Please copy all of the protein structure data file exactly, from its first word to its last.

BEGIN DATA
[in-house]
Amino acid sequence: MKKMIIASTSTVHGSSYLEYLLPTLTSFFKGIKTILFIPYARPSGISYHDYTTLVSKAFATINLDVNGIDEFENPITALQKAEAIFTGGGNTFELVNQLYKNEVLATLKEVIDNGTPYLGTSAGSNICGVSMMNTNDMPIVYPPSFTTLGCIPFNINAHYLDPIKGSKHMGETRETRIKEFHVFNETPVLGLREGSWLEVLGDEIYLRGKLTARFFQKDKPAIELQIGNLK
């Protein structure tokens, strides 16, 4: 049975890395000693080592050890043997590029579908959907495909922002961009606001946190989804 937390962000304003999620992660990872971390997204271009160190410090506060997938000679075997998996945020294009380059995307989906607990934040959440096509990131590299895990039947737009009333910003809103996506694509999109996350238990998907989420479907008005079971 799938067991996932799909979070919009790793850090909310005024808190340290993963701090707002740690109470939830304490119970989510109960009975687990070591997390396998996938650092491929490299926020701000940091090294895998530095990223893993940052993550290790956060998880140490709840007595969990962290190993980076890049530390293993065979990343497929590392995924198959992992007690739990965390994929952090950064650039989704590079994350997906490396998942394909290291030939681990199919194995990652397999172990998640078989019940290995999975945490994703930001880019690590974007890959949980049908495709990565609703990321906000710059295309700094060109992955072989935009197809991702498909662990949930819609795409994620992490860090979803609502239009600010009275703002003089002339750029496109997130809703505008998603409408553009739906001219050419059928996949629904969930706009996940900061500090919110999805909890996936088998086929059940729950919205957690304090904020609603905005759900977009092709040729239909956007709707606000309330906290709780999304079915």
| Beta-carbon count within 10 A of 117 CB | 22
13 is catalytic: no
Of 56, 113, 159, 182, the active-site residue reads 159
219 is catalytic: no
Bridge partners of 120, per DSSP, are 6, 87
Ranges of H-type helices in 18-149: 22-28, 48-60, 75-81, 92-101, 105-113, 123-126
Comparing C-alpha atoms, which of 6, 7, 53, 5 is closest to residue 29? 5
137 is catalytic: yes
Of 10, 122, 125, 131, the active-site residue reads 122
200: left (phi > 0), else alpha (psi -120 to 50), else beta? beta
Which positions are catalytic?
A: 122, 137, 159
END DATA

[in-house]
Amino acid sequence: MKKMIIASTSTVHGSSYLEYLLPTLTSFFKGIKTILFIPYARPSGISYHDYTTLVSKAFATINLDVNGIDEFENPITALQKAEAIFTGGGNTFELVNQLYKNEVLATLKEVIDNGTPYLGTSAGSNICGVSMMNTNDMPIVYPPSFTTLGCIPFNINAHYLDPIKGSKHMGETRETRIKEFHVFNETPVLGLREGSWLEVLGDEIYLRGKLTARFFQKDKPAIELQIGNLK
């Protein structure tokens, strides 16, 4: 049975890395000693080592050890043997590029579908959907495909922002961009606001946190989804 937390962000304003999620992660990872971390997204271009160190410090506060997938000679075997998996945020294009380059995307989906607990934040959440096509990131590299895990039947737009009333910003809103996506694509999109996350238990998907989420479907008005079971 799938067991996932799909979070919009790793850090909310005024808190340290993963701090707002740690109470939830304490119970989510109960009975687990070591997390396998996938650092491929490299926020701000940091090294895998530095990223893993940052993550290790956060998880140490709840007595969990962290190993980076890049530390293993065979990343497929590392995924198959992992007690739990965390994929952090950064650039989704590079994350997906490396998942394909290291030939681990199919194995990652397999172990998640078989019940290995999975945490994703930001880019690590974007890959949980049908495709990565609703990321906000710059295309700094060109992955072989935009197809991702498909662990949930819609795409994620992490860090979803609502239009600010009275703002003089002339750029496109997130809703505008998603409408553009739906001219050419059928996949629904969930706009996940900061500090919110999805909890996936088998086929059940729950919205957690304090904020609603905005759900977009092709040729239909956007709707606000309330906290709780999304079915």
| Beta-carbon count within 10 A of 117 CB | 22
13 is catalytic: no
Of 56, 113, 159, 182, the active-site residue reads 159
219 is catalytic: no
Bridge partners of 120, per DSSP, are 6, 87
Ranges of H-type helices in 18-149: 22-28, 48-60, 75-81, 92-101, 105-113, 123-126
Comparing C-alpha atoms, which of 6, 7, 53, 5 is closest to residue 29? 5
137 is catalytic: yes
Of 10, 122, 125, 131, the active-site residue reads 122
200: left (phi > 0), else alpha (psi -120 to 50), else beta? beta
Which positions are catalytic?
A: 122, 137, 159